Now because we all are tainted by sin, which Paul refers to in Christians as our old nature,  if we allow that old nature to remain, then we become vulnerable to the whispers of the enemy who suggests that we give way to that old nature and do our own thing regardless of God. Thus in the midst of a trial, when we are feeling pressurised and weak, that old nature that James calls evil desire, rises up in self-centred concern and submits to the suggestion from the enemy. Some people wrongly say, “Satan made me do it!” No he didn’t; you simply made an act of will to submit to his suggestion. He has no power over a Christian unless you give him it. Because there was an areas of your old life that has not been put to death, you were vulnerable at that point and temptation rose up, either from within that old nature or by Satan whispering to you, and you either had to battle with it and overcome, or give way and sin. No wonder Paul uses such language as,do not let sin reign in your mortal body so that you obey its evil desires.” (Rom 6:12) and Put to death, therefore, whatever belongs to your earthly nature (Col 3:5)

But temptation is like a doorway that appears before you in your life and if you go through it, it has consequences, dire consequences! James spells it out. He starts out each one is tempted when, by his own evil desire, he is dragged away and enticed. That is the temptation, your unsanctified desires, desires of the old nature that you have not put to death, tugging at you to pull you off course, enticing you away from what is good and right. It is like a doorway of temptation stands there inviting you to go through it, leaving the holy ground that you’ve been called to, to step outside the kingdom of God and do the same as the occupants of the dominion of darkness (see Col 1:13). When we do give way and go through that doorway, we sin. When we do wrong we have two paths immediately ahead of us. The first is the path of repentance back to God: If we confess our sins, he is faithful and just and will forgive us our sins and purify us from all unrighteousness (1 Jn 1:9). The other path is the path of self-justification and blame of others (see Adam & Eve – Gen 3:12,13) and because the sin has not been properly dealt with, it makes us more vulnerable to further attacks or temptations from the enemy, and the eventual consequence of ongoing sin is death.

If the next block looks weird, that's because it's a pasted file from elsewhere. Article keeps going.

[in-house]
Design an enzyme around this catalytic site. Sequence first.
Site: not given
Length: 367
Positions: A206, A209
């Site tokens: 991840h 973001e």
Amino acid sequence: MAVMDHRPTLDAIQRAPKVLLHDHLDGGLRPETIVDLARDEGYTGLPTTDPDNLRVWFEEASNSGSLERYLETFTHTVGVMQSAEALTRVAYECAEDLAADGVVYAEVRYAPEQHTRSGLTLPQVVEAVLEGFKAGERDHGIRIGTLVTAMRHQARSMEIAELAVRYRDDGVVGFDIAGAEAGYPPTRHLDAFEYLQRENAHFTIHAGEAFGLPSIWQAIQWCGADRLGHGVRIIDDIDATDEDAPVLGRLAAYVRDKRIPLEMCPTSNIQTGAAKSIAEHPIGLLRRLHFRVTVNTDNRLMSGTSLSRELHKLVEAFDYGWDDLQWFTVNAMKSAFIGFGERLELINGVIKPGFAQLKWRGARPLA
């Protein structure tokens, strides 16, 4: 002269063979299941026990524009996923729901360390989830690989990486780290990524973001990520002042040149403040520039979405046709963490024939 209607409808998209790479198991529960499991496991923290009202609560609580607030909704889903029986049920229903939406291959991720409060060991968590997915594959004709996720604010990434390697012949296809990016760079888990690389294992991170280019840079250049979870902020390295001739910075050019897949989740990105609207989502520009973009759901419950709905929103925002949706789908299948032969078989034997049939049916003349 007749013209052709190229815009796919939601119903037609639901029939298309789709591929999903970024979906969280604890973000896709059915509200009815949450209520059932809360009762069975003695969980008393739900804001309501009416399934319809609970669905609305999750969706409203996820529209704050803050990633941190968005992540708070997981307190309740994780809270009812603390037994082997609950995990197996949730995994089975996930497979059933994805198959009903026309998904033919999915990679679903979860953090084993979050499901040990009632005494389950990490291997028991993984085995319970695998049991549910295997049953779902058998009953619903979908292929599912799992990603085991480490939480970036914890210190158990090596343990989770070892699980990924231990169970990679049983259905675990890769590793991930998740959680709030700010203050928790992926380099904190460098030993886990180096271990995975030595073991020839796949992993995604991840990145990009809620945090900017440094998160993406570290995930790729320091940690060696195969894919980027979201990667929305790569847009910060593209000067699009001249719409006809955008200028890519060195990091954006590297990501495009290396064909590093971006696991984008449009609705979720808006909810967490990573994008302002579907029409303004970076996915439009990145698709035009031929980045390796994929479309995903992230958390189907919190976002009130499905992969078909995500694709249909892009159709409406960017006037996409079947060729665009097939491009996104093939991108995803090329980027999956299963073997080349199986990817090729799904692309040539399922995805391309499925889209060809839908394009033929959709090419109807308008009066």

So, are there things in our lives that fit into the category of the things that Paul tells us to ‘put to death’,sexual immorality, impurity, lust, evil desires and greed (Col 3:5) and anger, rage, malice, slander, and filthy language from your lips (Col 3:8). If we tolerate these things they will be the means of our downfall. Yes, it is sometimes a difficult world and yes, temptations do sometimes come, but we can minimize them by getting God’s help to deal with these issues which, if left, make us vulnerable and cause our downfall. Ensure you deal with them. Don’t risk the alternative. You aren’t as strong as Satan would like you to think you are. The old nature, if not put to death, will rise up and bite you. Don’t let it happen. Go to God, confess it, and deal with it before Satan has any further opportunity to cause your downfall. Do it!

6. Doubting

Meditations in James: 6 :  No Room for Doubting

Jas 1:6-8 But when he asks, he must believe and not doubt, because he who doubts is like a wave of the sea, blown and tossed by the wind. That man should not think he will receive anything from the Lord; he is a double-minded man, unstable in all he does.